Team chat apps have changed the workplace communication game and the two products on top of the league are Microsoft Teams and Slack. Both are collaboration tools designed to make internal communication and collaboration a simpler and better experience, with features such as a searchable discussion archive, the ability to organize conversations, and integration with other tools.
Let’s do a Teams vs Slack comparison, shall we?
Part of the Office 365 suite of services, Microsoft Teams is a collaborative software that was created as a direct competitor to Slack. Launched in New York in 2017, it’s considered to be the next step from Microsoft Skype for Business in its evolution path. It includes the standard messaging, calling, video conferencing, and meeting set up features, as well as allowing communities, groups, and teams to join via invitation.
Microsoft Teams features
- Quick commands, you can use “@” or “/” to reveal a list of commands to use.
- Conversation thread.
- Search bar tool.
- Free version supports up to 300 people.
- 2GB of personal storage and extra 10GB of storage space shared across the team for loaded files (free version).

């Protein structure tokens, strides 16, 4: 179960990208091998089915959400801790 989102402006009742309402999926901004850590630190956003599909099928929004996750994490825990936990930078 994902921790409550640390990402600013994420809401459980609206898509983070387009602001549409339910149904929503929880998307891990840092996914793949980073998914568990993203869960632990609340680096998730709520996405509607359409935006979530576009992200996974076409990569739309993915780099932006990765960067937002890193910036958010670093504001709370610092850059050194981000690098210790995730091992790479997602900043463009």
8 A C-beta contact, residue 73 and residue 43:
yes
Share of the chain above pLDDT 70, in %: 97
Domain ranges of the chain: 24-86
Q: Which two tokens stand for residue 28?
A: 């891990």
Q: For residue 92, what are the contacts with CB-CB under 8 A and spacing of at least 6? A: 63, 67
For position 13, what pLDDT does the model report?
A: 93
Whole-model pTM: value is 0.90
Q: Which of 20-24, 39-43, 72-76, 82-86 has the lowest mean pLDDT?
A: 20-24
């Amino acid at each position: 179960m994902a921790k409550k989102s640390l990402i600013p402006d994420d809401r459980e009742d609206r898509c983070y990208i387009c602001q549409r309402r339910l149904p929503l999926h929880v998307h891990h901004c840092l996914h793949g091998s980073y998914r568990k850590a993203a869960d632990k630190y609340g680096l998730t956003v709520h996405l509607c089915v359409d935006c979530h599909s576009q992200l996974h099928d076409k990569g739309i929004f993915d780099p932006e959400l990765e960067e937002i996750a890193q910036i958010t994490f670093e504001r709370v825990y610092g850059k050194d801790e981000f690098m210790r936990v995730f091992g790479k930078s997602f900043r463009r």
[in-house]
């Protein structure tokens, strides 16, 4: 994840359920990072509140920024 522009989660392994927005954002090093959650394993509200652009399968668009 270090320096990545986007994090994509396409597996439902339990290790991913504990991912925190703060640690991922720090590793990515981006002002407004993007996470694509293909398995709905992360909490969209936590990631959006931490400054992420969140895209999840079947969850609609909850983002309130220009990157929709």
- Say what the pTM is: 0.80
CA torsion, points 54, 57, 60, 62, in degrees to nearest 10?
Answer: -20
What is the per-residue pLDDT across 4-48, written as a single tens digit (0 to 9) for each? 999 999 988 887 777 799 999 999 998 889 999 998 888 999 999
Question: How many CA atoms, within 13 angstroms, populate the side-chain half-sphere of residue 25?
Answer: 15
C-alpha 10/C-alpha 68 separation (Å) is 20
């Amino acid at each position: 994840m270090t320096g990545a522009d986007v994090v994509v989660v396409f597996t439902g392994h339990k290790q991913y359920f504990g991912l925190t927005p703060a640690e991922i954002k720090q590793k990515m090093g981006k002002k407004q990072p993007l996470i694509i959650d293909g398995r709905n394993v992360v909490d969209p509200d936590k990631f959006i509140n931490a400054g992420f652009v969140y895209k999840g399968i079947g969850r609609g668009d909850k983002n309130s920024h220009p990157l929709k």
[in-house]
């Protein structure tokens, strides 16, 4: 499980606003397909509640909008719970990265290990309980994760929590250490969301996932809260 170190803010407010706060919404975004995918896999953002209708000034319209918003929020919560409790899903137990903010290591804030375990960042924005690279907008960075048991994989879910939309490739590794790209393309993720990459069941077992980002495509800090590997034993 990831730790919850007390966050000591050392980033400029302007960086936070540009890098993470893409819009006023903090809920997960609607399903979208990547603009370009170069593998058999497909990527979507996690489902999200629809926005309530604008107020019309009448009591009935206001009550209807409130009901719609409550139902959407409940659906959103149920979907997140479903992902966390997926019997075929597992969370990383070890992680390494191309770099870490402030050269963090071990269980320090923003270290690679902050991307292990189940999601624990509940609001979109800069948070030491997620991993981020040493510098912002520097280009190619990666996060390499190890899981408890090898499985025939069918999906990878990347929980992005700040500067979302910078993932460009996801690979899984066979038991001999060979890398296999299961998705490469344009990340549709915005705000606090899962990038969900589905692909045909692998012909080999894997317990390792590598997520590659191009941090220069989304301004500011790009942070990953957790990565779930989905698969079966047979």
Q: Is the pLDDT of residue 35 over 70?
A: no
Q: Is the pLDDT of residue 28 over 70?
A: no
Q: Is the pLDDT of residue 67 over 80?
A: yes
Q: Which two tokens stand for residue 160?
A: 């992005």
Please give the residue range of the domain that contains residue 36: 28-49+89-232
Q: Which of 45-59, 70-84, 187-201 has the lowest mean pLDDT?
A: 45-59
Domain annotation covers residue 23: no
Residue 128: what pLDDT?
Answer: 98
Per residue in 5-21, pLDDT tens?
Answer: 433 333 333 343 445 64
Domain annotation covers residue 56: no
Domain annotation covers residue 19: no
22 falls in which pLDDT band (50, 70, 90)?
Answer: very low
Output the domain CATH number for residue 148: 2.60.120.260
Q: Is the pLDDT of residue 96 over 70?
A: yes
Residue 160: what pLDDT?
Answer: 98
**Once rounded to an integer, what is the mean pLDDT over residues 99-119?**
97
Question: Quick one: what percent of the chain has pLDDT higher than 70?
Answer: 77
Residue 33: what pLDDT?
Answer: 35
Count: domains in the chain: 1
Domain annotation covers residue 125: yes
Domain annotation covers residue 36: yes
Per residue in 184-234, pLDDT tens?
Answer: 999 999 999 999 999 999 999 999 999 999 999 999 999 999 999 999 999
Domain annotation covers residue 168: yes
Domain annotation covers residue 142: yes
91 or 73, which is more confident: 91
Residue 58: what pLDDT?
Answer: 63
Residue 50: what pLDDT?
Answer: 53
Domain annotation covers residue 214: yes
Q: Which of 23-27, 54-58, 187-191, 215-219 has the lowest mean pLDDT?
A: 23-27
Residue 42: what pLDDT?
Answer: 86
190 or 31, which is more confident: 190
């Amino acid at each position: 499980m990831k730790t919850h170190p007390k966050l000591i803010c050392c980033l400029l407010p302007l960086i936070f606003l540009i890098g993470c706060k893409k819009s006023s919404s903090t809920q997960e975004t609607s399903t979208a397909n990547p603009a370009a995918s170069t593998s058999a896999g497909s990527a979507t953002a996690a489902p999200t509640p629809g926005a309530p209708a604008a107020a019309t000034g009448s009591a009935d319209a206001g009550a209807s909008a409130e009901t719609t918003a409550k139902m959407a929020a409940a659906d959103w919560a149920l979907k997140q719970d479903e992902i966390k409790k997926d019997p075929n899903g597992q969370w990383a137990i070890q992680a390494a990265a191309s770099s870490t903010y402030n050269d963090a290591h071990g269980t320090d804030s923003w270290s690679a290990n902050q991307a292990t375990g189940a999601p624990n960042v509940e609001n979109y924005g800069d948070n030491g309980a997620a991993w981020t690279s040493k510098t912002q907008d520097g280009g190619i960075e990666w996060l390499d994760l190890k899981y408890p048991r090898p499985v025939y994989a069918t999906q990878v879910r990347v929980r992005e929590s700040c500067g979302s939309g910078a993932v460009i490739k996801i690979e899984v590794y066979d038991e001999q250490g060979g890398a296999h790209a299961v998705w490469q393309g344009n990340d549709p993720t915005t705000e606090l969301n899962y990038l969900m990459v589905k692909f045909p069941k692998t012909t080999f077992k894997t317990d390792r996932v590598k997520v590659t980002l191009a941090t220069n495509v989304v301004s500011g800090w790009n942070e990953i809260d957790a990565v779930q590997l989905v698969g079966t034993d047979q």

- Guest access (this refers to people who you collaborate with but don’t want to permit all access to your discussions) and unlimited integrations on the free version.
- Plans start from $5.00 USD/month.
- Available on Windows, MacOS, iOS, and Android.
- Soon-to-be available for integration with Zenkit.
Slack is also a collaborative software aimed at professionals. Since its launch in 2013, it has been a popular team chat app amongst many businesses around the world, with 8 million daily active users. Originally designed to be an organizational communication tool, it has since developed into a community platform where groups and communities are categorized by topics of interest.
- Quick commands. Use “/” to find a list of quick commands when input into the search bar.
- Conversation thread.
- Search bar tool.